Towards the end of the session, Avedon recalls that Marilyn began to tire. Avedon said “For hours she danced and sang and flirted and did this thing that’s —she did Marilyn Monroe. And then there  was the inevitable drop. And when the night was over and the white wine was over and the dancing was over, she sat in the corner like a child, with everything gone. I saw her sitting quietly without expression on her face, and I walked towards her but I wouldn’t photograph her without her knowledge of it. And as I came with the camera, I saw that she was not saying no.”

Avedon was to photograph Marilyn again.   In 1958 Life magazine asked Richard Avedon and Marilyn to recreate five icons of cinema and stage in the series ‘Fabled Enchantresses.’ The photographs were to be published in the Christmas issue of Life, along with photos Avedon had taken of Marilyn and Arthur, to illustrate a piece about Marilyn entitled ‘My Wife Marilyn’ byArthur Miller.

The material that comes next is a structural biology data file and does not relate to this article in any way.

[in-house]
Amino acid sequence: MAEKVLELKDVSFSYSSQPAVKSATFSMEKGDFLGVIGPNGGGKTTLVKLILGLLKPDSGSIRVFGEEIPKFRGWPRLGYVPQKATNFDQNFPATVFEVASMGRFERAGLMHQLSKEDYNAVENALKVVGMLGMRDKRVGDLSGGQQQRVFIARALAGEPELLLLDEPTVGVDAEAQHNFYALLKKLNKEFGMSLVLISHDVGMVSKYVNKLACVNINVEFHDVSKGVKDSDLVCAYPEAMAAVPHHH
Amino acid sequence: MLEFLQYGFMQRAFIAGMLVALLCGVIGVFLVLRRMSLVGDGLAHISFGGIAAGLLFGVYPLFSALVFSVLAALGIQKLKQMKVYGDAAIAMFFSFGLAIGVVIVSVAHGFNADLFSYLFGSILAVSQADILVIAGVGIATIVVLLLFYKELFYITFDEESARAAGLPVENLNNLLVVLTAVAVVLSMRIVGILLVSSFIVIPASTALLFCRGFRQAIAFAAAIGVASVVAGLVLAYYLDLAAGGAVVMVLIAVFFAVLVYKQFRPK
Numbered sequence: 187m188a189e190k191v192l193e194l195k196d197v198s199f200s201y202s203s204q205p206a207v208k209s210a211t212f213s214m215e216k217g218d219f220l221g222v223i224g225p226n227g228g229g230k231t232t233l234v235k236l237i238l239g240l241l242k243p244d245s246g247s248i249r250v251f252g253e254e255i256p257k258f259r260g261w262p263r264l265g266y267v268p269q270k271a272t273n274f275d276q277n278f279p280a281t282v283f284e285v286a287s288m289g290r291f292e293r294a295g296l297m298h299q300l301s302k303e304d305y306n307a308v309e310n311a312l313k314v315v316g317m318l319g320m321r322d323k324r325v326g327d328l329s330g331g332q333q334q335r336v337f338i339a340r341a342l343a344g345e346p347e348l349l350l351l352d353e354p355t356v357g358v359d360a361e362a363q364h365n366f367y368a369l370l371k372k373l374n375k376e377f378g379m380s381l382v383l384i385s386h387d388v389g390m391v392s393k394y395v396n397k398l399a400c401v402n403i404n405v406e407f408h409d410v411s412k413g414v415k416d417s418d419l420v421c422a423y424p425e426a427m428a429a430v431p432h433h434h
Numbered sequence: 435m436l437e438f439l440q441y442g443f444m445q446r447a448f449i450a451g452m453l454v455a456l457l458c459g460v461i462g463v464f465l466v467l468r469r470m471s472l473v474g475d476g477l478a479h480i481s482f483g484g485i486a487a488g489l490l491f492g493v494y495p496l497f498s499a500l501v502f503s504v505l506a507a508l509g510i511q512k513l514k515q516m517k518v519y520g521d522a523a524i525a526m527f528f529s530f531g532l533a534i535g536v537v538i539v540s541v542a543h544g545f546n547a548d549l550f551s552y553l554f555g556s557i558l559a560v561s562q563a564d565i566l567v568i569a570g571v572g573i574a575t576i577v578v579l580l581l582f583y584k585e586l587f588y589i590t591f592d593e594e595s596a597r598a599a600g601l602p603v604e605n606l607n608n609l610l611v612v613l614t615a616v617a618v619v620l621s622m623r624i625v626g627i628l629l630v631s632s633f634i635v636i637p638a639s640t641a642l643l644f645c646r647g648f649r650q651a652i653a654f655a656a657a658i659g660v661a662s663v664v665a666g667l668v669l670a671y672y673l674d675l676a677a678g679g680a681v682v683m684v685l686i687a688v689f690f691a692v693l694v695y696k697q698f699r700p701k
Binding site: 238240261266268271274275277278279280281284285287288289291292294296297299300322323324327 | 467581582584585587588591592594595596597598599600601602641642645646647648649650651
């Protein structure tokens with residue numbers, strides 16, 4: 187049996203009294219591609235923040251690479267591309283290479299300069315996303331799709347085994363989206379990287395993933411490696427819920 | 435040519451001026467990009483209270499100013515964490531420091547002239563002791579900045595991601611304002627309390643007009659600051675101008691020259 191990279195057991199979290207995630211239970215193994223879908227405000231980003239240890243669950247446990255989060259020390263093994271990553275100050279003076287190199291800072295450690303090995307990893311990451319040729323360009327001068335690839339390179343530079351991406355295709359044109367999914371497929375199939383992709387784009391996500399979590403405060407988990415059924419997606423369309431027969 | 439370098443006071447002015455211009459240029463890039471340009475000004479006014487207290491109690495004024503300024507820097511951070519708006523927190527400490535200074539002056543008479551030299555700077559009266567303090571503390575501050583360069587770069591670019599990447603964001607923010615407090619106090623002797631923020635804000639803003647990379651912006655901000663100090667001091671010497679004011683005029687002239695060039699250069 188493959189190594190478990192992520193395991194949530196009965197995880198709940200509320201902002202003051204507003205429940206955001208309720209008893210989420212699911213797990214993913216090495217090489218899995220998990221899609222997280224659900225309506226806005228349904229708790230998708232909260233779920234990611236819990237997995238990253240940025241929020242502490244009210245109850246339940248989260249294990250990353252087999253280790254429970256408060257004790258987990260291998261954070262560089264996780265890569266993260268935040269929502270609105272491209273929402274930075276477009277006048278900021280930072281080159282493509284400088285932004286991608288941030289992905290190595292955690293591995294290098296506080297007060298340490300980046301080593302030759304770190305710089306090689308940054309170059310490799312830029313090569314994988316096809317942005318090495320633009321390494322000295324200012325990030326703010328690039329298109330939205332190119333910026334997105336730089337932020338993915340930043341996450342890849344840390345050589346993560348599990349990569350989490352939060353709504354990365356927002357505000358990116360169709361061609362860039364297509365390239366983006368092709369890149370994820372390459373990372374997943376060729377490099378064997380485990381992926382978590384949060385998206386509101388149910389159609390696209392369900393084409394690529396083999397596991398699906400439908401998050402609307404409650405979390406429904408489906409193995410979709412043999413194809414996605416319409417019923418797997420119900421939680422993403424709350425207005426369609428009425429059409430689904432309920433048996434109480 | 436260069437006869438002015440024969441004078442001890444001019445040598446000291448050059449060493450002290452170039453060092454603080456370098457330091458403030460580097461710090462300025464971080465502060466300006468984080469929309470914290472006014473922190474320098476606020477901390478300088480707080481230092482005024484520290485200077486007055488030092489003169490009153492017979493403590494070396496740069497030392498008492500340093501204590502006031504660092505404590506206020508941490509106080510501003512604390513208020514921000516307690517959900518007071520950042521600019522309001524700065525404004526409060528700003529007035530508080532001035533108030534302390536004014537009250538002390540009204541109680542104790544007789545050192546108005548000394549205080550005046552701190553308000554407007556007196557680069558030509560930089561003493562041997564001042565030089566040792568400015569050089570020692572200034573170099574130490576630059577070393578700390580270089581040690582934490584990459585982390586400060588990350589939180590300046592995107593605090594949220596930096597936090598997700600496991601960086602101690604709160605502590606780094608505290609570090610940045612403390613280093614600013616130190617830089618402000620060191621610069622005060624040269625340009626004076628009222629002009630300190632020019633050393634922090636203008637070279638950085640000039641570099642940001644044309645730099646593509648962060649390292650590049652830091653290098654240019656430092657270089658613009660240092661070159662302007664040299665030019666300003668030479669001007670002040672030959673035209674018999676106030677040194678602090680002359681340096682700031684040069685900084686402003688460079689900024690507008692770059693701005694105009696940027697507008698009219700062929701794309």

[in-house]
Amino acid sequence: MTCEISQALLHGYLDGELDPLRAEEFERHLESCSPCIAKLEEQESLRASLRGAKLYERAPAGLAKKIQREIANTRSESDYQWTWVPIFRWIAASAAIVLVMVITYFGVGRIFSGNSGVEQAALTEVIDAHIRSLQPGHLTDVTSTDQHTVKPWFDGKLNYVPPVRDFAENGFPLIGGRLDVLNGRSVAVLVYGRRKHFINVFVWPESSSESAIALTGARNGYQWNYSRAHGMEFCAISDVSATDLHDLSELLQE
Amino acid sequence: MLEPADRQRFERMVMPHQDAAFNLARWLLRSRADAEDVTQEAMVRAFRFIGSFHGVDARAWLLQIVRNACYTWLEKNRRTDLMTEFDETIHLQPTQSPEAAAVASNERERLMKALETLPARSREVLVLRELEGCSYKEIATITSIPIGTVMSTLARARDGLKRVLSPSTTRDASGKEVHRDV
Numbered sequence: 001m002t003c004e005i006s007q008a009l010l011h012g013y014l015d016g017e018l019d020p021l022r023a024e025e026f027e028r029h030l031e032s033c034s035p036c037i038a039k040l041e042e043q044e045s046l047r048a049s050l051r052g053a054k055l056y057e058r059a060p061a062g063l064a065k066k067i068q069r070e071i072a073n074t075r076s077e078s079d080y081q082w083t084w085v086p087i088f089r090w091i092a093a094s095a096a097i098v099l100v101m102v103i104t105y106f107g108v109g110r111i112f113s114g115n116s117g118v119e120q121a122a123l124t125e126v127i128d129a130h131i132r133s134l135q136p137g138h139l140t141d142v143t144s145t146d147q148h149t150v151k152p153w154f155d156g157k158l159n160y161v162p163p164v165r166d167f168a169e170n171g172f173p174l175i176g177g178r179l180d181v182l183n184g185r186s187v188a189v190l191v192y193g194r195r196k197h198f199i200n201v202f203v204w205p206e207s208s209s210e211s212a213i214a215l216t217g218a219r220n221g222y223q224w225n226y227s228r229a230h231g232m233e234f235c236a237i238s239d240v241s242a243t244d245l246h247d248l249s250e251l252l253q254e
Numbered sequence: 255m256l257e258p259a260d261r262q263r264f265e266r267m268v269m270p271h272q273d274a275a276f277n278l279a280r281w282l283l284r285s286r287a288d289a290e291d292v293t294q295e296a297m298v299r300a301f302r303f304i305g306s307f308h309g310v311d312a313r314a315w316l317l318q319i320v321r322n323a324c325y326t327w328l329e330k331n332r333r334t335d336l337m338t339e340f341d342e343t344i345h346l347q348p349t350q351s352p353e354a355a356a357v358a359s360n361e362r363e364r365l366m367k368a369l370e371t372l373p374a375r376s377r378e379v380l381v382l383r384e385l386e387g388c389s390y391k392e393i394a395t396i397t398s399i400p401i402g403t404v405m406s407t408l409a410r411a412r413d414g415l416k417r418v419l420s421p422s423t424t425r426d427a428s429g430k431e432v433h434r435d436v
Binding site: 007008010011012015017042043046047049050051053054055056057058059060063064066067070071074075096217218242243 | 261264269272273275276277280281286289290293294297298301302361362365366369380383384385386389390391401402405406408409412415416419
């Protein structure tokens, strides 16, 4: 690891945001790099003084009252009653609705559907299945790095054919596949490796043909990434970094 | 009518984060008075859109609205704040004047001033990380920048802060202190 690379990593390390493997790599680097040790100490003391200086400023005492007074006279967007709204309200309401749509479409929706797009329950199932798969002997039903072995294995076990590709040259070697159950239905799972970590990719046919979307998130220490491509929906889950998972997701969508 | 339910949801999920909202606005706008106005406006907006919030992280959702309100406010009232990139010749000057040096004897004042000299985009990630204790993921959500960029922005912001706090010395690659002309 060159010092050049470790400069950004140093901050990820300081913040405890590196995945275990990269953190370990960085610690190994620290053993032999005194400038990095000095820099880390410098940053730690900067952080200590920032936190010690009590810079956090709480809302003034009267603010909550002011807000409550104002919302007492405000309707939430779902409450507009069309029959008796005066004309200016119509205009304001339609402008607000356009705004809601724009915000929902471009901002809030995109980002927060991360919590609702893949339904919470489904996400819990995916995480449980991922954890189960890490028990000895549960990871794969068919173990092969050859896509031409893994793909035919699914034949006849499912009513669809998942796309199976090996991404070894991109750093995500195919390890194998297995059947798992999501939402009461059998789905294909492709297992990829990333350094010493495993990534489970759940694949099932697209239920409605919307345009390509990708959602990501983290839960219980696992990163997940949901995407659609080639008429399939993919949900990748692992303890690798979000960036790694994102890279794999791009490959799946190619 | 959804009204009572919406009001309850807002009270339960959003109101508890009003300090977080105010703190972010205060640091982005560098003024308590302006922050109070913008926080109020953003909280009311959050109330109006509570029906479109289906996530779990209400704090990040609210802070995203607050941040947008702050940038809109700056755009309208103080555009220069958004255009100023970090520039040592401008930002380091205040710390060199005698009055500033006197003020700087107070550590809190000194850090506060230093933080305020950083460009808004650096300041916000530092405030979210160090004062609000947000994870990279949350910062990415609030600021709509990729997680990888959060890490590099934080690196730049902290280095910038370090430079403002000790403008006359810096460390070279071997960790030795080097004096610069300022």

Avedon had previously captured a number of sweet moments between Marilyn and her husband during the 1957 session. The contact sheets shows Arthur, not a natural in front of the camera, soften as Marilyn hugs him from behind until eventually he removes his suit jacket, relaxes and even manages to smile.

For ‘Fabled Enchantress’ Marilyn, in period costume and makeup, is transformed into Lillian Russell, Theda Bara, Clara Bow, Jean Harlow and Marlene Dietrich. Marilyn’s acting talent and Avedon’s
vision and creativity manage to make ‘Marilyn Monroe’ invisible and instead, propel forward the five leading ladies from the pages of the magazine.  Many critics and observers commented that these photographs demonstrate Marilyn’s potential to portray a range of characters which sadly was never to be fully realised with her subsequent limited film roles and early passing. Other photos from this same session include images of Marilyn dancing and moving around the studio, in the same or similar sequined dress as the 1957 shoot.